There's a fun new neighbor at
. Bubba Gump Shrimp Co. moved into the Light Street Pavilion in May, and the old mall, which had been looking down in the mouth, feels lively again — like a place people might actually have chosen to visit.
Founded in Monterey, Calif., in 1996, the chain of casual seafood restaurants was inspired by a shrimp-loving character in the movie
The Bubba Gump menu is packed with shrimp dishes, and the decor of a typical Bubba Gump restaurant is meant to suggest the waterside shrimp restaurant that the characters in the movie might have opened.
That makes Bubba Gump a good fit for waterside tourist destinations like Santa Monica Pier, the Galveston Island Historic Pleasure Pier and Harborplace. The Bubba Gump atmosphere looks particularly inviting in its Light Street Pavilion anchor position. The space, which had been home until last summer to
, an original Harborplace tenant, has been extensively remodeled. It is much sunnier and more cheerful now, and you can see diners respond to the colors and the pleasing harbor views.
The revival of this space is good news for Harborplace and the rest of the
, which has been populated by a few other thriving chains like
and Brio Tuscan Grille. Bubba Gump employs a large, mostly young staff; they approach their jobs with so much charm and enthusiasm that you're willing to overlook their inexperience.
But if Bubba Gump is everyone's fun new neighbor, it's also the one guy who can't make you a decent martini.
The good times come with a cost. The food isn't very good. The few dishes that aren't bland — nearly flavorless — have an off taste that you can't quite define.
Along with a seasoning shortage, there's a near absence of richness, pleasant texture and satisfying flavor. Neither are there many moments when you feel that the best possible ingredients are being used. This was true especially of dishes with crab meat and — surprisingly — shrimp, which were almost always small, watery and lacking shrimp flavor.
That gets old pretty quick, and even when a sauce or condiment could come to the rescue, it doesn't. The fried shrimp on a po'boy had breading without even the taste of salt. They were served on an untoasted roll with thick pickle slices and pale tomatoes, dressed merely with mayonnaise.
On the other hand, the "Secret Recipe Cajun Sauce" in an appetizer of beer-steamed peel-and-eat shrimp had a tinny flavor that no one could place and that no one liked. And the butter and garlic sauce served with the Shrimp New Orleans entree had an odd initial flavor — of nutmeg, perhaps — that took a while to subside. Our waitress told us the dish gets better if you mix everything into the rice.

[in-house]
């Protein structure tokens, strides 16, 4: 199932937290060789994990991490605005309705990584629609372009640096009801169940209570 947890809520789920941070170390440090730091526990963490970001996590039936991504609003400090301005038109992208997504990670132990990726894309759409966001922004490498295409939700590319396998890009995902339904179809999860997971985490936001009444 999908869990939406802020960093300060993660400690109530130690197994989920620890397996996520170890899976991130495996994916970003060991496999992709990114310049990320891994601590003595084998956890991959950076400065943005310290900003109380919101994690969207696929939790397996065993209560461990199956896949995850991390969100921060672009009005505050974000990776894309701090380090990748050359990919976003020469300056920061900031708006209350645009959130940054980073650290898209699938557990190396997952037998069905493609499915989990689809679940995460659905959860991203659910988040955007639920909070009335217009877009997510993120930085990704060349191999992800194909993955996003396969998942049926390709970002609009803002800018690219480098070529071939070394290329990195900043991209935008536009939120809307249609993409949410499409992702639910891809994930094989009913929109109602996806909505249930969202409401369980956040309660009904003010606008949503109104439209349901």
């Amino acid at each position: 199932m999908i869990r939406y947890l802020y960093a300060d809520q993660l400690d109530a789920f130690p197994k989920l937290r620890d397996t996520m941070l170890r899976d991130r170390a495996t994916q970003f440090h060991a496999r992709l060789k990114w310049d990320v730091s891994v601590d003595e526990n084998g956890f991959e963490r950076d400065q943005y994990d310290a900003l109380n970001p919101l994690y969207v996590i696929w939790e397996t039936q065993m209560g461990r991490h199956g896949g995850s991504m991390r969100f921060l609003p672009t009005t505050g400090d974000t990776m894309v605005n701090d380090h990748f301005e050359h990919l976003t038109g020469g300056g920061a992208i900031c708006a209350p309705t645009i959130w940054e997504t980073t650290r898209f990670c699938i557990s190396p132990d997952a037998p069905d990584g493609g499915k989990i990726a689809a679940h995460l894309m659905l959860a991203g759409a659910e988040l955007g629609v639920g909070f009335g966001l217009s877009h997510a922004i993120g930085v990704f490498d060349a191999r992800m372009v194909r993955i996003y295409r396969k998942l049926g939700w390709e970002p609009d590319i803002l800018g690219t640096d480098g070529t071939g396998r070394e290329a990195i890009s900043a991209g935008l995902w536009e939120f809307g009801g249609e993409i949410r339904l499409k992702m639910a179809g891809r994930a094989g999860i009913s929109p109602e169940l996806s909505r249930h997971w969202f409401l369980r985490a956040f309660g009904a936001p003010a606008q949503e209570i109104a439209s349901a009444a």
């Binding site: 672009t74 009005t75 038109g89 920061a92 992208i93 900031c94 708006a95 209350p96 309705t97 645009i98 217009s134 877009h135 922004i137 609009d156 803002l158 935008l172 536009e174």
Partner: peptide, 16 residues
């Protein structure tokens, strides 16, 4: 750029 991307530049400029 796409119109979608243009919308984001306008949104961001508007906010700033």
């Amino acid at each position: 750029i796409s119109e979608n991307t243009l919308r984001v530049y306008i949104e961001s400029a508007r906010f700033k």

The shrimp scampi is much better. The shrimp themselves still aren't much, but the butter sauce is agreeably robust and garlicky, and the dish looks pretty, too.
The worst dishes were crab-based. The Maryland crab soup was the consistency of cake batter and had no crab flavor at all. Nor was there any crab flavor in an appetizer of crab-stuffed mushrooms, a new menu item at Bubba Gump.
Mostly, it's bland is as bland does.
Seafood hush puppies, inside and out, had no flavor at all. Served with a butter sauce, a pan-seared tilapia with potatoes and creamed spinach didn't offer good, rich taste.
The young staff has been encouraged to interact with customers. They ask Forrest Gump trivia questions, for instance, and remind you to visit the gift store. This is a lot more charming than it sounds, and families appreciate the diversion.
There were two unaccountable delays, with the cocktails and again with dessert, that made our eyes cross. The fruity cocktails — margaritas and hurricanes — packed a healthy wallop, but the bread pudding, strawberry shortcake and cookie sundae, served as a trio, all tasted the same.
Some of this, especially the underseasoning, comes with the chain territory. But not all of it.
A national consumer-advice magazine recently issued a ranking of 102 chain restaurants. The rankings were determined by a survey, in which restaurants were rated for taste, value, service and mood. The results might surprise you — some chain restaurants are better than others.
Bubba Gump has created a good mood down at Harboplace. This doesn't happen by accident, and the energy coming from pavilion, inside and out, is heartening. It works better as an attraction than as a restaurant, though.
Bubba Gump Shrimp Co.
301 Light St., Inner Harbor
Open daily for lunch and dinner
Appetizers, $4.99-$15.99; Entrees, $15.59-$21.39
[Key: Outstanding: ✭✭✭✭; Good: ✭✭✭; Fair or Uneven:✭✭ ; Poor: ✭]